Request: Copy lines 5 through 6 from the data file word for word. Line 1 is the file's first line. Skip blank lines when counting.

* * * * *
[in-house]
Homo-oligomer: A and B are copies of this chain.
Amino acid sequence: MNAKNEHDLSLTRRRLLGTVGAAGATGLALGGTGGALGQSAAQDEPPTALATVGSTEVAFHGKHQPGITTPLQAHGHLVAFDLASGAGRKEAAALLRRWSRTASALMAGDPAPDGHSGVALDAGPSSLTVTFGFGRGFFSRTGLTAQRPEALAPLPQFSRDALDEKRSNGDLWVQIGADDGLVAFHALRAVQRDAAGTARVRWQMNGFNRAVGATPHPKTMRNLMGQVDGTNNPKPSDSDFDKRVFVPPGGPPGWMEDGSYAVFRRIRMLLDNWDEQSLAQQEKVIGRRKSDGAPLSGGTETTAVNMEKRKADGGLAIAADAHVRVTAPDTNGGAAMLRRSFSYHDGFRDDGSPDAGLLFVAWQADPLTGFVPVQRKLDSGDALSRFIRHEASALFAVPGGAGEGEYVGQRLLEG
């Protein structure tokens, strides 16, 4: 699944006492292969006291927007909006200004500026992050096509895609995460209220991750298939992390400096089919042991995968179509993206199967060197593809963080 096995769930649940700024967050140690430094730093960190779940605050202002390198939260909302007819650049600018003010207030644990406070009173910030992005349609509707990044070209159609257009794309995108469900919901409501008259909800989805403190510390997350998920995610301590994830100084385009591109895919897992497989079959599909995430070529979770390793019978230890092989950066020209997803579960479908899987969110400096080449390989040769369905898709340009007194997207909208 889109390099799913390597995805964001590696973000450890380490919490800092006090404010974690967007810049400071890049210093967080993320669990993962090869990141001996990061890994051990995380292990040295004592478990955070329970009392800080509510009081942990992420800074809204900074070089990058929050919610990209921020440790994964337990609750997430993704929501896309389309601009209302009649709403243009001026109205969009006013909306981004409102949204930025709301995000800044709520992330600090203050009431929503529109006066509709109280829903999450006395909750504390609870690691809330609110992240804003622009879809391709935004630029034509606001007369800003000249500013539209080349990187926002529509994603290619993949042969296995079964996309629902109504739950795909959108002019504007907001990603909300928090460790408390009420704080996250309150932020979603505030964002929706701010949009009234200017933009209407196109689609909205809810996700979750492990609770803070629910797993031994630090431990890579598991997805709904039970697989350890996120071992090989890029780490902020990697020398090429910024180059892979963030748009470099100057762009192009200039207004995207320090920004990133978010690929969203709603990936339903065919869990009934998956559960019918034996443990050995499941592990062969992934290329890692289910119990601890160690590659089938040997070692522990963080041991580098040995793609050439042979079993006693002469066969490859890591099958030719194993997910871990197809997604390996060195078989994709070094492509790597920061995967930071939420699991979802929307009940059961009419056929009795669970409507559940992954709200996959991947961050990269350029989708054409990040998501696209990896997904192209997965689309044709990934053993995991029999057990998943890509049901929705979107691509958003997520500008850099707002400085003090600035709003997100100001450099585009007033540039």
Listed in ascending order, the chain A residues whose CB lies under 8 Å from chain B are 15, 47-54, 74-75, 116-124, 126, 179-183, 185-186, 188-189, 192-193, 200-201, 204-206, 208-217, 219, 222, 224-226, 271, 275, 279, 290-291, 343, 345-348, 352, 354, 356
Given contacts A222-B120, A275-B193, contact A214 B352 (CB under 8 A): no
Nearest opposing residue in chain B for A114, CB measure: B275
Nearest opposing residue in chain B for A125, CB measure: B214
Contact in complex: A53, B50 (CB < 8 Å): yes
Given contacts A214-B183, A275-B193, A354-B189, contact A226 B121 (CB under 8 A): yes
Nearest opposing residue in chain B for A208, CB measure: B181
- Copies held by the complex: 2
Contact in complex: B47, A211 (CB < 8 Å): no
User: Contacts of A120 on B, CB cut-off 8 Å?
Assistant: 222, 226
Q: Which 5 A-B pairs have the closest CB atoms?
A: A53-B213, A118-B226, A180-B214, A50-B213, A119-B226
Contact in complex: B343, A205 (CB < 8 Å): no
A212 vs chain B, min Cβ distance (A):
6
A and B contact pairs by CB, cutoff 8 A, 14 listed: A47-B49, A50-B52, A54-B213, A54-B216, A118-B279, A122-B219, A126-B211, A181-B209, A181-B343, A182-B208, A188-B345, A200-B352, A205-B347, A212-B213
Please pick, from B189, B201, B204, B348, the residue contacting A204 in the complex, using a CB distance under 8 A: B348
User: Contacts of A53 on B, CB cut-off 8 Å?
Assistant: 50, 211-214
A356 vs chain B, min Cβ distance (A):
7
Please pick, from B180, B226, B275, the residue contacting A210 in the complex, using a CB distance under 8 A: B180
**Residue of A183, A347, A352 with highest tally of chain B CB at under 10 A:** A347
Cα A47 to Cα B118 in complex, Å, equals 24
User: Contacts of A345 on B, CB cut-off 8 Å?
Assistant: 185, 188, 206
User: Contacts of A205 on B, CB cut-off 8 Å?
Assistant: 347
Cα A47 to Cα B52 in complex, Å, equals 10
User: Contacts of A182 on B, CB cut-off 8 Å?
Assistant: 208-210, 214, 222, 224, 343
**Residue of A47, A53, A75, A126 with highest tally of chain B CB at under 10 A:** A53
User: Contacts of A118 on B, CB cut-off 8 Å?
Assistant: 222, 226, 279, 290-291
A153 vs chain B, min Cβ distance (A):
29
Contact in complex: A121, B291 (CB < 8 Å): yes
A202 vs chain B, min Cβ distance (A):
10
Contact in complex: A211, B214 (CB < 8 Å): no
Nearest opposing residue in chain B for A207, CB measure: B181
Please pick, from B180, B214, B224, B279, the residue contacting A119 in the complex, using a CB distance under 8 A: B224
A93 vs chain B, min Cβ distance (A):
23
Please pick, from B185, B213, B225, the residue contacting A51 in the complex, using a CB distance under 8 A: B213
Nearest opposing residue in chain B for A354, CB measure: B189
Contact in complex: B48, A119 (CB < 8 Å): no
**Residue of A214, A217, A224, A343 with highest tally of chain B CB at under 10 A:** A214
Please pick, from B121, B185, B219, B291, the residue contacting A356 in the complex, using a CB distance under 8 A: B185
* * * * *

Listed in ascending order, the chain A residues whose CB lies under 8 Å from chain B are 15, 47-54, 74-75, 116-124, 126, 179-183, 185-186, 188-189, 192-193, 200-201, 204-206, 208-217, 219, 222, 224-226, 271, 275, 279, 290-291, 343, 345-348, 352, 354, 356
Given contacts A222-B120, A275-B193, contact A214 B352 (CB under 8 A): no